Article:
Recently she and I talked about her year at Rosecrance - she told me a story designed to make me laugh (which it did). Don't think she realized that it also touched me (brought a tear). The story - when new girls came to Rosecrance and wouldn't talk, Madeleine worked hard to befriend the girl and crack the shell. She seized on something that always seemed to work with even the toughest nuts.

"Hi I'm Madeleine. I have really dark nipples. Do you want to see them?" With that she would, without invitation, lift her shirt and show the unhappy girl her rosy nipples and invariably giggles ensued. Mission accomplished. Ice broken.

Am I a weird mother to think that is the dearest, sweetest thing? The talk with my friend last night made me want to break through to her in a similar way - be there for her in the right way. I won't lift my shirt and show her my nipples or the cafe au lait scar from when I canned peaches and got a 2nd degree burn. What I will do is take another run at this good parenting thing - not give up on the girl. She is wonderful and deserves a rosy future.

All for today. Your challenge today is maybe thinking about taking another run at a problem you may have put on the shelf. I'm reminded that in AA (been told - I thankfully don't have a need for it) the participants are told they might have hundreds of lapses - that it could be the 101st time, giving up alcohol where it finally sticks. Same with Weight Watchers...if I were a leader the first thing I would tell new attendees is, "You will fail. You will fail over and over and over again. Victory is realized by people who realize failure is just part of the process." I have failed with Madeleine over and over again...have failed to touch the spots that need healing, have failed to give her the leg up she needs to make the difficult transition to adulthood (it's every parent's job to help launch). So, she flounders. We need to take another run at this - she needs to be my focus. Thinking sadly about my friends' child's death this past Christmas - an overdose. Enough dead babies.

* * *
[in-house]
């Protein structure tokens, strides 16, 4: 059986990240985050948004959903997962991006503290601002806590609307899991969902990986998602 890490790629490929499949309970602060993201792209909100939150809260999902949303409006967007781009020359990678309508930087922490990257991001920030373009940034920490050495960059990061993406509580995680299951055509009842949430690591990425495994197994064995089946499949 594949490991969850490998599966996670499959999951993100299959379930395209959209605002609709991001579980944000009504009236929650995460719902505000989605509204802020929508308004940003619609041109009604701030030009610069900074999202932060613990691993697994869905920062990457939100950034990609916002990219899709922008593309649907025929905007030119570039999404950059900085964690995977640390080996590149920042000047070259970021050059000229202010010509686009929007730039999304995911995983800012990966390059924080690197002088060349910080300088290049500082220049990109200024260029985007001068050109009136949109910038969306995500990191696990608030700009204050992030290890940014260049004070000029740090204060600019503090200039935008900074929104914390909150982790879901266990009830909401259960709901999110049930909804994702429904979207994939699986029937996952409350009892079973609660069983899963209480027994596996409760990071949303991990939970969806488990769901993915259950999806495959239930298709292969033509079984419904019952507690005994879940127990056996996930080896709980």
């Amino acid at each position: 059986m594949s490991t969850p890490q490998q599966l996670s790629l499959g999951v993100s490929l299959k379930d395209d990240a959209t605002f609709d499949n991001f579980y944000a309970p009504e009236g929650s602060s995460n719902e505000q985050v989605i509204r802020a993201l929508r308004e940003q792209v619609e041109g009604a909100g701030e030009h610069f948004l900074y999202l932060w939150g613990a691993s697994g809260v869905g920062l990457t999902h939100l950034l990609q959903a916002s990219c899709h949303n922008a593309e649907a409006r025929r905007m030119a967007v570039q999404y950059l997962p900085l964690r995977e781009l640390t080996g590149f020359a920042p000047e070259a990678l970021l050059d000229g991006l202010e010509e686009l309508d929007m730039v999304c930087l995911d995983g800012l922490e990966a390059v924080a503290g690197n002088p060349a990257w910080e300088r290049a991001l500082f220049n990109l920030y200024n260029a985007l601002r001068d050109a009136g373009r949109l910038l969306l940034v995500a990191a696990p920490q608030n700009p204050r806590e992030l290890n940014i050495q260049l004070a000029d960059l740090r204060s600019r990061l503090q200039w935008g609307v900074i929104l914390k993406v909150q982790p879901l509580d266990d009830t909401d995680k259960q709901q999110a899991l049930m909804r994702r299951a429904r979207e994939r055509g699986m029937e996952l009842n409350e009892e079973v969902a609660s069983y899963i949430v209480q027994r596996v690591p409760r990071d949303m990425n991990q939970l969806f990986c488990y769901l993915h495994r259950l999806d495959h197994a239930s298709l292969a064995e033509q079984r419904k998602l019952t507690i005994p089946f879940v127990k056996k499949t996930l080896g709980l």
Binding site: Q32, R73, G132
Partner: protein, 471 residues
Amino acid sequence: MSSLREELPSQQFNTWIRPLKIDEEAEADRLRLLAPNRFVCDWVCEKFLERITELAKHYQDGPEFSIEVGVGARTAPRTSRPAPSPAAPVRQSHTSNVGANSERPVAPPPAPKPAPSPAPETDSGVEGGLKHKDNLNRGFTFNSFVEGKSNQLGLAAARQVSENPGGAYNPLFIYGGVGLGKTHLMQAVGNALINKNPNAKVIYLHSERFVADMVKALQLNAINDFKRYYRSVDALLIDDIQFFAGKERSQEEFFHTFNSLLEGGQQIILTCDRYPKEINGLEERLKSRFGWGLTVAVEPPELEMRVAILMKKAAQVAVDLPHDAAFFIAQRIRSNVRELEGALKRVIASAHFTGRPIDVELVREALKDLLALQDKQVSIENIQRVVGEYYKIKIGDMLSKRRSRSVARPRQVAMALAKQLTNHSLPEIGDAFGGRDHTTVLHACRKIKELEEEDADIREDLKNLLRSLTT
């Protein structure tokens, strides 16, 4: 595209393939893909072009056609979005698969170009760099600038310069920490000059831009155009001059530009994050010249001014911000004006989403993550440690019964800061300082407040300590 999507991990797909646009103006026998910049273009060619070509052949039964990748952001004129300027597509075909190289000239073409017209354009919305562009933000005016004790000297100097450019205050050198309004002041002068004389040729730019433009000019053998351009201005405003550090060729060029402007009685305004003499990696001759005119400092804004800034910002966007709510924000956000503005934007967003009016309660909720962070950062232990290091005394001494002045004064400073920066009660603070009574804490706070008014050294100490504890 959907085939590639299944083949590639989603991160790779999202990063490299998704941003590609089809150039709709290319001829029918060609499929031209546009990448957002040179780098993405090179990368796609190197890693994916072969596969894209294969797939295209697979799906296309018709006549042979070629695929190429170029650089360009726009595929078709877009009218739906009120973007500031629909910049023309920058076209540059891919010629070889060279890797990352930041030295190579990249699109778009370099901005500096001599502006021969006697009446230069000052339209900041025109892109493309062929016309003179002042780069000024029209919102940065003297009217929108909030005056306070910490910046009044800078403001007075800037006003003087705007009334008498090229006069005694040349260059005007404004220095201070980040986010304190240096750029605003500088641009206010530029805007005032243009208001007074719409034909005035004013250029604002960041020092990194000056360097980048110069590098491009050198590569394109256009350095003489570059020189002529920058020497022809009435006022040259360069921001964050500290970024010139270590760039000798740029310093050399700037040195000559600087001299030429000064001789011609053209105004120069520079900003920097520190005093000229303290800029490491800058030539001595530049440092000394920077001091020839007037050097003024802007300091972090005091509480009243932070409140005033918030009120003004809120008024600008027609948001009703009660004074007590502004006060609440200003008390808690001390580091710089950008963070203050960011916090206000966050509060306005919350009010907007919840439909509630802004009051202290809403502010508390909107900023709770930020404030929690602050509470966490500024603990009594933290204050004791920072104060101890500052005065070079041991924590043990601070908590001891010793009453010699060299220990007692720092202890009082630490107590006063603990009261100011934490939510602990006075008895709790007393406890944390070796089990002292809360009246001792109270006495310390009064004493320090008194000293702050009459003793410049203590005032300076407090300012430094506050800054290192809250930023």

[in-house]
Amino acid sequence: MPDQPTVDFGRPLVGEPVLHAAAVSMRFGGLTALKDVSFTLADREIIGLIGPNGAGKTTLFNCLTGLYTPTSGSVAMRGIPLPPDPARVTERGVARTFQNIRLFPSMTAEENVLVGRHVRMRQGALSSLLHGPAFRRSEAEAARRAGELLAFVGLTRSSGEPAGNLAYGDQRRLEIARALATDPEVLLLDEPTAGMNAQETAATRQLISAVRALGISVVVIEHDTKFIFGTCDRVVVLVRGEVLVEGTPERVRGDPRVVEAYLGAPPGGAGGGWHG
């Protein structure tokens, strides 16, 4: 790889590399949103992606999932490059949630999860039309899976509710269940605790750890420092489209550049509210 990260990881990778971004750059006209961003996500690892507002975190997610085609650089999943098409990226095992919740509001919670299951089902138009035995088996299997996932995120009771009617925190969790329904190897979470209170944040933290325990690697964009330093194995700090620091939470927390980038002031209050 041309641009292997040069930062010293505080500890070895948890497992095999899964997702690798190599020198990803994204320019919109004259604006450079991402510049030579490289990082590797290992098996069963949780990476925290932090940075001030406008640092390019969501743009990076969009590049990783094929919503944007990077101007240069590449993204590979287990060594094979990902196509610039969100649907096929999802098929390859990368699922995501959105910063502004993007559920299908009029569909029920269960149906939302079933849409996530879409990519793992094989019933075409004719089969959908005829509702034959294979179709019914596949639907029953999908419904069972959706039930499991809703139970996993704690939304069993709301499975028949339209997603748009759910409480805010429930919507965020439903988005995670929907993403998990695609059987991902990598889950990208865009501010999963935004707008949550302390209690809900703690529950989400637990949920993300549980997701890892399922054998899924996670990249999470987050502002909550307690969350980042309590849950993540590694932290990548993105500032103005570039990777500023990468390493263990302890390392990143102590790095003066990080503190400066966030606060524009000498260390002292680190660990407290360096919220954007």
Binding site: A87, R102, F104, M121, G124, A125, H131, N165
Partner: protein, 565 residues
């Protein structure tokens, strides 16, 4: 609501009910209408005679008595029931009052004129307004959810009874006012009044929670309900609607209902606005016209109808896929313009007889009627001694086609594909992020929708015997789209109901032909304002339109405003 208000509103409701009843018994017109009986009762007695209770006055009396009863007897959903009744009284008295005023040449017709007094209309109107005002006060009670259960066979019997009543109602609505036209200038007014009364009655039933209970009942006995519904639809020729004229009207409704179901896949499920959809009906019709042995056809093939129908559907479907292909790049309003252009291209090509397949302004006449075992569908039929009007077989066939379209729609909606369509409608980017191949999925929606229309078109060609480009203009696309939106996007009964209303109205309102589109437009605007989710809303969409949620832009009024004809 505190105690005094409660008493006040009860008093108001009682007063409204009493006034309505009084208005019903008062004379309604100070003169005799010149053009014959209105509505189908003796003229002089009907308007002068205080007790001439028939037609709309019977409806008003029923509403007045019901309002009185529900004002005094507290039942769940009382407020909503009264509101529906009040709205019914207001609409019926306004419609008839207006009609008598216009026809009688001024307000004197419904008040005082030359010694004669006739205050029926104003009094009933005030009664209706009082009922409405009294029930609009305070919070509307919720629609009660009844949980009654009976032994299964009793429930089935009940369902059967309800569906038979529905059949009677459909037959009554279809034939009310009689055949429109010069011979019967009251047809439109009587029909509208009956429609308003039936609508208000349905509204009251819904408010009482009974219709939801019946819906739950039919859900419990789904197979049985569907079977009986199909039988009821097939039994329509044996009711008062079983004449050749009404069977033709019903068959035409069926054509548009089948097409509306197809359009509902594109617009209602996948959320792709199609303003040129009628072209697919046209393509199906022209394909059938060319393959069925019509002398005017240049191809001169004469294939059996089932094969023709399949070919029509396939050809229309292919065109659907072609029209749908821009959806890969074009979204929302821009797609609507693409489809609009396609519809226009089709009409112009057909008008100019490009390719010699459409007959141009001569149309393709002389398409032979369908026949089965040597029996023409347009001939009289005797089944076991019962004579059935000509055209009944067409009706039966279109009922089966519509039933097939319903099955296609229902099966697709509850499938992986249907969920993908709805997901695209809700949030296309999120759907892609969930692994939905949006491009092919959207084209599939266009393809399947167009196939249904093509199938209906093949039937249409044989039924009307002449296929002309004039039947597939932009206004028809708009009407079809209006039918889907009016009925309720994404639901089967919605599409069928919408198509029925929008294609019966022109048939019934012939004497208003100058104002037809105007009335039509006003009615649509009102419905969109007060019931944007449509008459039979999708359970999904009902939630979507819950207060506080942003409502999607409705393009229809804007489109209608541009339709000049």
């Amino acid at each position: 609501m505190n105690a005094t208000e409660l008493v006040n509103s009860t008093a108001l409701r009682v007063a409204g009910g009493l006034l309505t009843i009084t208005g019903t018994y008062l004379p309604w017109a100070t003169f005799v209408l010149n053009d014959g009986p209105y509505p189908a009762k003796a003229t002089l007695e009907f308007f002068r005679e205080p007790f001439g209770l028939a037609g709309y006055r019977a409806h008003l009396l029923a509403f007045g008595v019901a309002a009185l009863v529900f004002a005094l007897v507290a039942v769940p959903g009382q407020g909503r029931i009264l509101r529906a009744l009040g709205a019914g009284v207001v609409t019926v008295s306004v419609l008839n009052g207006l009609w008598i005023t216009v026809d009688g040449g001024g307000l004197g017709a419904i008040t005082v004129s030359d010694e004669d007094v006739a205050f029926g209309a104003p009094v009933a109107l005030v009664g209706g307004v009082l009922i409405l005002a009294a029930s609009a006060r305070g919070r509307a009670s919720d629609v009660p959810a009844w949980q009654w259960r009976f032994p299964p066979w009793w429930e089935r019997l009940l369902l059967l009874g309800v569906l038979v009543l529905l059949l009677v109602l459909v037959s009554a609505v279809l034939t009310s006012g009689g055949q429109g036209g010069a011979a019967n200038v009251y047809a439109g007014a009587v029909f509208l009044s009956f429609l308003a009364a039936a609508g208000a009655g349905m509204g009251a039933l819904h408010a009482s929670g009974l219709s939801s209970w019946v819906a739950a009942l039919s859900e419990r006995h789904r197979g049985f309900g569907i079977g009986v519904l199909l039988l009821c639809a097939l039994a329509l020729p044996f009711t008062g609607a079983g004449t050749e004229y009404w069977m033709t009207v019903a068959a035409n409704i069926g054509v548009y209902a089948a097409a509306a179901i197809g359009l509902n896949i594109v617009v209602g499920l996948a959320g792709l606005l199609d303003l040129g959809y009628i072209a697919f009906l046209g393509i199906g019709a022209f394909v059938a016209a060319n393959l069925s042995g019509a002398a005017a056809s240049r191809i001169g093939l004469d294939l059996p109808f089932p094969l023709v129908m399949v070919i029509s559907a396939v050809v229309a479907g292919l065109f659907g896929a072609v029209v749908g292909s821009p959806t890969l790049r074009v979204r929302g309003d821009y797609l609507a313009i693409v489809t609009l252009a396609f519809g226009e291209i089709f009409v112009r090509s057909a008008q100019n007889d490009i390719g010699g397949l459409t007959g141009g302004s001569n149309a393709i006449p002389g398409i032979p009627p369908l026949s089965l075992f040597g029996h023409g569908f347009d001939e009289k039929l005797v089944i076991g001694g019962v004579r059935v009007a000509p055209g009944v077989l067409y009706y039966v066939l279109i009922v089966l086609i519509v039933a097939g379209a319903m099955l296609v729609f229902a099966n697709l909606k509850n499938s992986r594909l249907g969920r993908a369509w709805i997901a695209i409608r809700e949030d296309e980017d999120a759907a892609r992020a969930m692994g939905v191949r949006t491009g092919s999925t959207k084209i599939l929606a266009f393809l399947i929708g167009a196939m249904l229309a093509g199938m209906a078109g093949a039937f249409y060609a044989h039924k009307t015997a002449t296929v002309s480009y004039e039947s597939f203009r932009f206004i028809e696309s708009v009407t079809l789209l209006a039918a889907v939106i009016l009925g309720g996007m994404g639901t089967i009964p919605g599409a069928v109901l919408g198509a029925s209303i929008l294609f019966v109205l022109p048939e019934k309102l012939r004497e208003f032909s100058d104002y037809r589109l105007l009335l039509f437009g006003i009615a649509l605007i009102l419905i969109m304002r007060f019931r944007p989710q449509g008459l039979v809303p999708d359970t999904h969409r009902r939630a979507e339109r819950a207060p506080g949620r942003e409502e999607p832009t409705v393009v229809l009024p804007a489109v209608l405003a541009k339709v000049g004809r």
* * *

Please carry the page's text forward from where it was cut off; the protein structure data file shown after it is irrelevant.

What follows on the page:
Peace,
Sarah

2 comments:

  1. Sarah, there's so much to love about this post even though the image of what might be Madeleine's breasts is etched on my mind. At the end of reading I thought, "yep, us daughters need our moms to be a mom." I'm glad she has you as her mom. I'm glad to have you as a friend. oxox

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  2. Tell your daughter over and over that SHE is smart and that SHE can figure out ways to change the situation(s) she is in to move forward on a productive, joyful path.

    Watch this video, then have your daughter watch it too: http://www.youtube.com/watch?v=PFb6NU1giRA
    (esp starting at 7 minutes onward.)